Laser ‘attack’ on plane prompts cross-border police response

Laser ‘attack’ on plane prompts cross-border police response

An easyJet flight was targeted in a ‘laser attack’ as it tried to land in Gibraltar on Thursday evening in strong winds, prompting a cross-border police response and warnings about aviation safety.
The plane aborted its first attempt to land due to the winds but as it came in for a second try, a laser beam was shone at the aircraft from Spain.
Civil aviation safety officials warn that lasers can blind a pilot during a critical moment and pose a serious safety risk.
On Thursday, the plane diverted to Málaga as a result of the weather, but the laser incident was immediately reported to the Royal Gibraltar Police by Air Traffic Control.
The RGP contacted the Spanish authorities and a police car was despatched to the area..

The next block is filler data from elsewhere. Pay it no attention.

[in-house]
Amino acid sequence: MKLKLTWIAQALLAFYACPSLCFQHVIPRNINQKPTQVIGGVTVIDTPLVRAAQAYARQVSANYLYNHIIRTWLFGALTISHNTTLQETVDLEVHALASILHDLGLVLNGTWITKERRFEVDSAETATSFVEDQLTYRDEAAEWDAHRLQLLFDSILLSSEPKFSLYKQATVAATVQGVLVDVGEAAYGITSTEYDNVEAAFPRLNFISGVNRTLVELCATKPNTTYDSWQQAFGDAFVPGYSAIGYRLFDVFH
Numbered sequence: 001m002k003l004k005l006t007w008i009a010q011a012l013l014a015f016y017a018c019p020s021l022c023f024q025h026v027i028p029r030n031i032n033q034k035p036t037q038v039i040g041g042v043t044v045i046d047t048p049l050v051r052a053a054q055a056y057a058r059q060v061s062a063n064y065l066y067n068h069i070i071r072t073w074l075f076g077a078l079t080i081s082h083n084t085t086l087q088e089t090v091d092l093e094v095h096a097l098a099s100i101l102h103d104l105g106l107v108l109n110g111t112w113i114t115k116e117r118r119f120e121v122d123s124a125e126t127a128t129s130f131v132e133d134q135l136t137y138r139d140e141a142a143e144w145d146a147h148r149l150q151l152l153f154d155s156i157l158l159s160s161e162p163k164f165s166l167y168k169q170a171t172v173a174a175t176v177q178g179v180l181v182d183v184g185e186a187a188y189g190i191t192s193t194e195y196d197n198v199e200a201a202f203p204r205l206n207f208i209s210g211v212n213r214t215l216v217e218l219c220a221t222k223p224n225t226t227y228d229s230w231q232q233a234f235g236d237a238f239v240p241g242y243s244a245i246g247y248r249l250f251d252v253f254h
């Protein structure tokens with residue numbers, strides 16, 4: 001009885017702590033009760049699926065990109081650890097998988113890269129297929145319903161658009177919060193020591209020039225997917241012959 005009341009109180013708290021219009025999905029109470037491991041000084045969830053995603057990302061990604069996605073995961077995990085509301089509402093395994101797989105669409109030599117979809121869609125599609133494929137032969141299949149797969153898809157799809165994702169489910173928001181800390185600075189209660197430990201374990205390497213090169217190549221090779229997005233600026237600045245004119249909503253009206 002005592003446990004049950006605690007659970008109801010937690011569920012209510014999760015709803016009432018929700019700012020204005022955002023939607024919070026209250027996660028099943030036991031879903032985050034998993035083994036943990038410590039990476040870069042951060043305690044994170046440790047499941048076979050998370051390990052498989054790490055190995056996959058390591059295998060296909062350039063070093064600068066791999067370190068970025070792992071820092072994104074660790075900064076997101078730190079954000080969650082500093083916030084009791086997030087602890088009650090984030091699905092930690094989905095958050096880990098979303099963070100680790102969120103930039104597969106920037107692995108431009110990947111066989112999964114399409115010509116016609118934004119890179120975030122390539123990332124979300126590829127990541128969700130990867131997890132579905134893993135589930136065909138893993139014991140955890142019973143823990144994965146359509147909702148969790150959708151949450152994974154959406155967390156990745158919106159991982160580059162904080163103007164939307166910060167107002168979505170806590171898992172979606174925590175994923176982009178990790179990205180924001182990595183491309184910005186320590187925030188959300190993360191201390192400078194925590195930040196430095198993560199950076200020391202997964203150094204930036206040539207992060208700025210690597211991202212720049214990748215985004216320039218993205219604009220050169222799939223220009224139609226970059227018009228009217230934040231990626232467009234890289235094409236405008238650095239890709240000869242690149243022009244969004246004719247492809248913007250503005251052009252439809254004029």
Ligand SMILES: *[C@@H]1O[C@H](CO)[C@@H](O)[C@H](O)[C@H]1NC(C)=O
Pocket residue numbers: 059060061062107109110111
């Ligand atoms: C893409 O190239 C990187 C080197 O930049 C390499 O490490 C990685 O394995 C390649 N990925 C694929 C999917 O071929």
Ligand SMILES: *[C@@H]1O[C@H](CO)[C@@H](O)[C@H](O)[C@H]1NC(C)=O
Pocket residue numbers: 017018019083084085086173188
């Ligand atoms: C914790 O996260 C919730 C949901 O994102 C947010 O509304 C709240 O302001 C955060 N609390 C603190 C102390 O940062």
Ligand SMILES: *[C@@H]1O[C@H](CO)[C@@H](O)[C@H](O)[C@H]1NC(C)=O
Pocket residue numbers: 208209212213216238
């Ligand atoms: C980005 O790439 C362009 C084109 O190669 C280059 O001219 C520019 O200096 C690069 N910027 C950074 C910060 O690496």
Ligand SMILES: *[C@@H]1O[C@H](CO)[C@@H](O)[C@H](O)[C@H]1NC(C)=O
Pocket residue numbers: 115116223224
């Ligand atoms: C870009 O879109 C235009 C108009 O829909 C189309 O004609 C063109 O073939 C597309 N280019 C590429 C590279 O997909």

“It is not known if they found the person shining the laser at the aircraft,” Gibraltar’s Director of Civil Aviation, Chris Purkiss, told the Chronicle.
A report of endangering a flight by virtue of shining a light or laser was subsequently filed by the RGP.
The incident happened on Thursday evening as a flight from Bristol approached the runway.
“The pilot of EasyJet’s service from Bristol last night reported to Air Traffic Control that, in the course of a go-around after his second approach to the runway and about a mile to the west of the airport, a green laser had been shone at his aircraft from the promenade area in Spain,” Mr Purkiss said.
The aircraft had already received wind shear warnings due to the strong winds in the area and the pilot then elected for weather reasons to divert to Málaga Airport.
Several laser attack incidents were reported last year.
Lasers beamed at flights run a high risk of flash blinding pilots, which is particularly dangerous when pilots disengage automatic mode when preparing to land.
“This is the first incident involving lasers reported at the airport in 2017,” Mr Purkiss said.
“The public are reminded that such activity is a criminal offence, both here in Gibraltar and in Spain, which could result in custodial sentences or heavy fines being handed out to anyone found guilty of firing a laser at an aircraft.”
Photo by DM Parody

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